young woman struggling with her drinking problem

Addiction is an isolating disease. If you’re anything like me, you don’t even want to consider the words associated with it.

I avoided “alcoholism,” “addict,” and “alcoholic” like the plague. If I admitted to these things, I felt like my life would be over. I didn’t want to admit defeat. Admitting I had a problem to myself and others, would mean that my fruitless efforts of years of attempting to show I had control of my unmanageable life, would be exposed. I wanted so badly for it not to be true.

When the day came that I could no longer go on with the amount of pain I was in, the first person I talked to about it was my mother. After I had accepted what was happening, I had to figure out how to tell my friends and family I am an alcoholic. Here is what I learned.

How to ask for help and support

The first way to tell your friends and family that you’re an alcoholic, or have alcohol abuse issues, is to ask for help. Your family and friends can be your biggest fans and your harshest critics.

If you’re looking for help with your addiction, there is no better place to ask than your loved ones, but it may be hard for you to bring up this sensitive topic. Here are a few things to consider when approaching the subject with your loved ones:

Be honest.

Addiction is powerful, and it can encourage lies, deceit, and desperate actions you might not normally take. If you’re lost, confused, or even unsure if you’re an alcoholic or not, tell your friends and family that. Tell them how you’ve been feeling.

Express your desire for help.

If you’ve already done the research about what help is available, bring this with you to the conversation. Be prepared to express your desire for help and what options you have in mind.

On the other hand, if you don’t have any options in mind, ask your friends and family if they can help you do the research on what your next step should be. They can help you search for addiction treatment centers, 12-step groups, or a therapist.

Explain why you are seeking help.

Your loved ones will want to know how you came to this decision and why now is the time to get help. This is where you can be honest with them about what brought you to this point and what you want your future to look like.

Ask for support.

Another way to tell your friends and family that you might be an alcoholic is to ask for their support. If you’re looking for guidance or advice, tell them. Let them know how hard this has been for you and that it’s important that you receive their love and support along the way. If you’ve already made the decision to go to a treatment center, share with them how their support will be important while you’re there and after you get out.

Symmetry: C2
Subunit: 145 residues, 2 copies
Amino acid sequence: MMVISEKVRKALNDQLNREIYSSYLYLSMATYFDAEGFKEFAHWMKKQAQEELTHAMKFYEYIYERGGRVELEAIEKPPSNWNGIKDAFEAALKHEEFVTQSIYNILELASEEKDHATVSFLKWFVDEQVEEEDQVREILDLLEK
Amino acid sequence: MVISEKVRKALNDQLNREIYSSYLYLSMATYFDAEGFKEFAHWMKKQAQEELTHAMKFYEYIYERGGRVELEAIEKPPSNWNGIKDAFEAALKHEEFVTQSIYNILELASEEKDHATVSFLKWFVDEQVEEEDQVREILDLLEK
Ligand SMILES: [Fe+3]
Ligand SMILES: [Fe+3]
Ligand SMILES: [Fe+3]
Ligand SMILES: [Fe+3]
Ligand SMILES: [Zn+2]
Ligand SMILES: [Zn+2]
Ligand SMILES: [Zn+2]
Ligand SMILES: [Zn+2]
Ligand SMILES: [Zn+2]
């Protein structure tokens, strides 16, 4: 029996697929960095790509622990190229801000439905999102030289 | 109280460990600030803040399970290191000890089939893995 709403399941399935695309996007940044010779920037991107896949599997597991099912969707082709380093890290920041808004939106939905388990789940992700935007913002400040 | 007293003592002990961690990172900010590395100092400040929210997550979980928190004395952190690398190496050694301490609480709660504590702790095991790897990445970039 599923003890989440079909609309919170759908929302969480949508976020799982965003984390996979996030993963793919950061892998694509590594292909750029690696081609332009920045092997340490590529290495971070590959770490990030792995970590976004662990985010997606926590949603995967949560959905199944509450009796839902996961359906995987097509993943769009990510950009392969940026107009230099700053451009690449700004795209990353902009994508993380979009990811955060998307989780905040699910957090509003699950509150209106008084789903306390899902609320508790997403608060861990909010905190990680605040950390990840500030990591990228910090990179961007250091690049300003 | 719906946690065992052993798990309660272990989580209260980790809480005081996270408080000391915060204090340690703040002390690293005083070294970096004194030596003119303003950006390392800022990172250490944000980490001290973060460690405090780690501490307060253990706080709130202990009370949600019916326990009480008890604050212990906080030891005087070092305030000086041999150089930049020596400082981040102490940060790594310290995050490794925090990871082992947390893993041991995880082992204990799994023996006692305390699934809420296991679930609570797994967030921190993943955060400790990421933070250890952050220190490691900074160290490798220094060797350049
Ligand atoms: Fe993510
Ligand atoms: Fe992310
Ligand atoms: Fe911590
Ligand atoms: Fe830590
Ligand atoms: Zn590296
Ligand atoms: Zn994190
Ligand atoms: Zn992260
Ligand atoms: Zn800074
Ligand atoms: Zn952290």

Prepare for resistance.

It’s possible that you could have hurt some of your loved ones during your active addiction. They may not believe you when you say you want to get sober, and some people still don’t believe the science behind addiction being a disease. Skepticism, anger, and defensiveness could come about in your conversation. It’s best to be prepared for this, stay calm, and committed to your goals. Be sure to understand and acknowledge their feelings, whatever those may be.

Don’t be ashamed.

If you’ve already gotten help or have some sobriety under your belt, and you’re breaking the news to your loved ones, do it without shame. You should be proud of yourself for facing your addiction head on and making changes in your life. As long as you accept who you are, what you’ve been through, and stay committed to where you’re going, your loved ones will understand.

Resources for families to better understand addiction

I would recommend bringing resources with you to help your friends and family get a basic understanding of addiction. If they aren’t familiar with the disease, they might believe common myths they’ve heard. You might point them to attending an Al-Anon meeting, a support group for family members and friends of problem drinkers. This is a place where they can go and find advice, experiences, and hope from other people who may be going through the same thing.

Another great resource for families of those struggling with addiction is The National Institute on Drug Abuse where they can answer questions like:

  • Why can’t some people quit drugs on their own?
  • Can anyone become addicted to drugs and alcohol?
  • Why is it so hard to quit drugs?
  • Can I explore treatment centers for a friend or family member?
  • What should I look for in a treatment center?
  • What is treatment like and how much does it cost?

It’s beneficial for everyone involved if your family seeks out factual information about alcoholism and addiction. They will learn that it’s a brain disease that needs treatment.

However, just like you need them to support, they’ll need support too. That’s why finding a support group or therapist is crucial in embarking on this recovery journey. You and your family do not have to walk this path alone.

Telling your family and friends that you’re an alcoholic can be scary, but it doesn’t have to be shameful or regrettable.

Admitting you have a problem is the first step on the road to recovery— a road that should be full of support from your loved ones along the way.